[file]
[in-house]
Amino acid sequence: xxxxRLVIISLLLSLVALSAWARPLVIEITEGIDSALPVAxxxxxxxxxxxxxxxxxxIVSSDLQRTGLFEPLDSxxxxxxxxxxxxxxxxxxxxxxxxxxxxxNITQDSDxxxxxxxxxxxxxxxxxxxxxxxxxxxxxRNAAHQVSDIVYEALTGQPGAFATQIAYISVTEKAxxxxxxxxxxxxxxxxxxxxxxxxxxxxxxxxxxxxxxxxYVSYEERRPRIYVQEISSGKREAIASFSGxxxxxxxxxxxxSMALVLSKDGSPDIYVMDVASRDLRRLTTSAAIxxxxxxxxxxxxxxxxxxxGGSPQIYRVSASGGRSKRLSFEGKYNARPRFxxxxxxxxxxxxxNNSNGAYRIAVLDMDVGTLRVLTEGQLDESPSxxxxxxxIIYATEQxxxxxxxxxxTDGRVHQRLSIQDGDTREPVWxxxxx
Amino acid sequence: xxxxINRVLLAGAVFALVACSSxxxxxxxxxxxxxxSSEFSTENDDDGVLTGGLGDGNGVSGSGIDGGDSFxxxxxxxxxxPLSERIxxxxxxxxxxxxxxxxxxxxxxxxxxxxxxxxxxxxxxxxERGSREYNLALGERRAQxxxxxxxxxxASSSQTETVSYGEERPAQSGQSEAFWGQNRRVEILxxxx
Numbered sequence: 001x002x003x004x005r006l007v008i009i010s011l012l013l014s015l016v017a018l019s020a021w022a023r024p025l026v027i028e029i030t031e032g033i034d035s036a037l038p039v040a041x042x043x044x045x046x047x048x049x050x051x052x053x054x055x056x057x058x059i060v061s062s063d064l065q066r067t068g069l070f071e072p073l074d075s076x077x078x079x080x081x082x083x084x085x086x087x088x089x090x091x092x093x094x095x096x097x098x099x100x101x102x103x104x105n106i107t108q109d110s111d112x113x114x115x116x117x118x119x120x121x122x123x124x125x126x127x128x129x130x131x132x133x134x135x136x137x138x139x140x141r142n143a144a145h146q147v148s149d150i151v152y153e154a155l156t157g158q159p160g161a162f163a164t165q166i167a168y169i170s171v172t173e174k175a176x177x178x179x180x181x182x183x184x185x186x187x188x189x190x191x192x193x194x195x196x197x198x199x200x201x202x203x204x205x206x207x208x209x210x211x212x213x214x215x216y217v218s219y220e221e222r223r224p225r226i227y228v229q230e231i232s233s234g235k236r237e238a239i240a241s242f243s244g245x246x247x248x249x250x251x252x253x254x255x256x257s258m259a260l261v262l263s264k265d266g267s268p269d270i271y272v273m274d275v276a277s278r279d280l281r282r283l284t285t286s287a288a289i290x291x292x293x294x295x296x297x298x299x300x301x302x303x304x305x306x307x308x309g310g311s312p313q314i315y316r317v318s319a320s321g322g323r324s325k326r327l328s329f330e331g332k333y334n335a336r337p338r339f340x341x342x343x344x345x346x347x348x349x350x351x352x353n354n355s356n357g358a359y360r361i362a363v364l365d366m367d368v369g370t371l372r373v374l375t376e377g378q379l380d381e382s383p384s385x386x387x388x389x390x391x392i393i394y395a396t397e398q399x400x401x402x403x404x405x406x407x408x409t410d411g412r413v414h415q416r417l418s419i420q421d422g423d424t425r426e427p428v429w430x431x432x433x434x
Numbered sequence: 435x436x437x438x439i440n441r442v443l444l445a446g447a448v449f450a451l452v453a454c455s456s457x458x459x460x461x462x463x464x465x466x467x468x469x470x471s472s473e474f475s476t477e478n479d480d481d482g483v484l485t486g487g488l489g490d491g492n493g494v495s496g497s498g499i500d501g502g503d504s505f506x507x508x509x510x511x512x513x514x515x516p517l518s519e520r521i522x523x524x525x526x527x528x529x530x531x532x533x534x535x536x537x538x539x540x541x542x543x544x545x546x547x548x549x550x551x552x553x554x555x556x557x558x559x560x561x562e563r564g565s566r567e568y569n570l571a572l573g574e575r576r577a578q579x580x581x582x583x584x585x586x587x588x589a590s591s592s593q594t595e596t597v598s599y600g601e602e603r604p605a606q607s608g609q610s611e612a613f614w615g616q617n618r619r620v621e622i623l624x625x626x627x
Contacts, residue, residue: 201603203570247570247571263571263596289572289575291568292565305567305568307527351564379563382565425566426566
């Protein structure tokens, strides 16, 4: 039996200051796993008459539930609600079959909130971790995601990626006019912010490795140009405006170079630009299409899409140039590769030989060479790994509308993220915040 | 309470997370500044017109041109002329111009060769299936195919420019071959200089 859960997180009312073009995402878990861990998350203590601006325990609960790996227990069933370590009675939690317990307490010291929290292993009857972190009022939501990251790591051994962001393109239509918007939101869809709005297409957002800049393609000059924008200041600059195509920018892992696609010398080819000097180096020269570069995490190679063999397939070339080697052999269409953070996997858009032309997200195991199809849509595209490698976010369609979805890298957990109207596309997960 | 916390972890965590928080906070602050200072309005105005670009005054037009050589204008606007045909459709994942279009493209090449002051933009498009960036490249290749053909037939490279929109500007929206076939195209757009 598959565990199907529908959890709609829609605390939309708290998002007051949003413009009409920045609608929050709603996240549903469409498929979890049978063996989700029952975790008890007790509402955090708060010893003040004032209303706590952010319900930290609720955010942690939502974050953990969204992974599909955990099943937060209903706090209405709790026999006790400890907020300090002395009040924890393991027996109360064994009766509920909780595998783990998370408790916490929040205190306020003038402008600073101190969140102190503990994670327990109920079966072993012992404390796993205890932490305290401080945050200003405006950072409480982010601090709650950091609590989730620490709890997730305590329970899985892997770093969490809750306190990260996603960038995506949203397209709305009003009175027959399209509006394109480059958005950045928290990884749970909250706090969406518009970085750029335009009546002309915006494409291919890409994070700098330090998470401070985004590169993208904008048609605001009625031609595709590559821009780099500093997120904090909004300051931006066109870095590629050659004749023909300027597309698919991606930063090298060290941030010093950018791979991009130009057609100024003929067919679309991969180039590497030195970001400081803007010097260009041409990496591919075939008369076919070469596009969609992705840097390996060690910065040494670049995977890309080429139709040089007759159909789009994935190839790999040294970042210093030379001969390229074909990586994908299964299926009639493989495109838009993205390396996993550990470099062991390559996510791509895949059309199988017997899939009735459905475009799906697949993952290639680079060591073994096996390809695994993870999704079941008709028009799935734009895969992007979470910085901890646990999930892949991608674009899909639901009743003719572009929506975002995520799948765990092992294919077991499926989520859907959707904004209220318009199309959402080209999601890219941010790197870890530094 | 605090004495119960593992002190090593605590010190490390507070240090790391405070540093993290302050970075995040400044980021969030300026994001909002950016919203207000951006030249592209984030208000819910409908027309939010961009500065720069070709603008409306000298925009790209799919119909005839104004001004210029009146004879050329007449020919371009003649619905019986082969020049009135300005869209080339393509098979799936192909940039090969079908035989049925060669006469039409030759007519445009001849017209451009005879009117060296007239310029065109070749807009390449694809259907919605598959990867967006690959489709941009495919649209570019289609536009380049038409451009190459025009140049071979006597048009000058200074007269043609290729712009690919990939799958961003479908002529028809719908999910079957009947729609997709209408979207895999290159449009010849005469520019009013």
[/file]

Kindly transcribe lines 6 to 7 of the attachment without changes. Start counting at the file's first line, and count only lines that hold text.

Contacts, residue, residue: 201603203570247570247571263571263596289572289575291568292565305567305568307527351564379563382565425566426566
């Protein structure tokens, strides 16, 4: 039996200051796993008459539930609600079959909130971790995601990626006019912010490795140009405006170079630009299409899409140039590769030989060479790994509308993220915040 | 309470997370500044017109041109002329111009060769299936195919420019071959200089 859960997180009312073009995402878990861990998350203590601006325990609960790996227990069933370590009675939690317990307490010291929290292993009857972190009022939501990251790591051994962001393109239509918007939101869809709005297409957002800049393609000059924008200041600059195509920018892992696609010398080819000097180096020269570069995490190679063999397939070339080697052999269409953070996997858009032309997200195991199809849509595209490698976010369609979805890298957990109207596309997960 | 916390972890965590928080906070602050200072309005105005670009005054037009050589204008606007045909459709994942279009493209090449002051933009498009960036490249290749053909037939490279929109500007929206076939195209757009 598959565990199907529908959890709609829609605390939309708290998002007051949003413009009409920045609608929050709603996240549903469409498929979890049978063996989700029952975790008890007790509402955090708060010893003040004032209303706590952010319900930290609720955010942690939502974050953990969204992974599909955990099943937060209903706090209405709790026999006790400890907020300090002395009040924890393991027996109360064994009766509920909780595998783990998370408790916490929040205190306020003038402008600073101190969140102190503990994670327990109920079966072993012992404390796993205890932490305290401080945050200003405006950072409480982010601090709650950091609590989730620490709890997730305590329970899985892997770093969490809750306190990260996603960038995506949203397209709305009003009175027959399209509006394109480059958005950045928290990884749970909250706090969406518009970085750029335009009546002309915006494409291919890409994070700098330090998470401070985004590169993208904008048609605001009625031609595709590559821009780099500093997120904090909004300051931006066109870095590629050659004749023909300027597309698919991606930063090298060290941030010093950018791979991009130009057609100024003929067919679309991969180039590497030195970001400081803007010097260009041409990496591919075939008369076919070469596009969609992705840097390996060690910065040494670049995977890309080429139709040089007759159909789009994935190839790999040294970042210093030379001969390229074909990586994908299964299926009639493989495109838009993205390396996993550990470099062991390559996510791509895949059309199988017997899939009735459905475009799906697949993952290639680079060591073994096996390809695994993870999704079941008709028009799935734009895969992007979470910085901890646990999930892949991608674009899909639901009743003719572009929506975002995520799948765990092992294919077991499926989520859907959707904004209220318009199309959402080209999601890219941010790197870890530094 | 605090004495119960593992002190090593605590010190490390507070240090790391405070540093993290302050970075995040400044980021969030300026994001909002950016919203207000951006030249592209984030208000819910409908027309939010961009500065720069070709603008409306000298925009790209799919119909005839104004001004210029009146004879050329007449020919371009003649619905019986082969020049009135300005869209080339393509098979799936192909940039090969079908035989049925060669006469039409030759007519445009001849017209451009005879009117060296007239310029065109070749807009390449694809259907919605598959990867967006690959489709941009495919649209570019289609536009380049038409451009190459025009140049071979006597048009000058200074007269043609290729712009690919990939799958961003479908002529028809719908999910079957009947729609997709209408979207895999290159449009010849005469520019009013």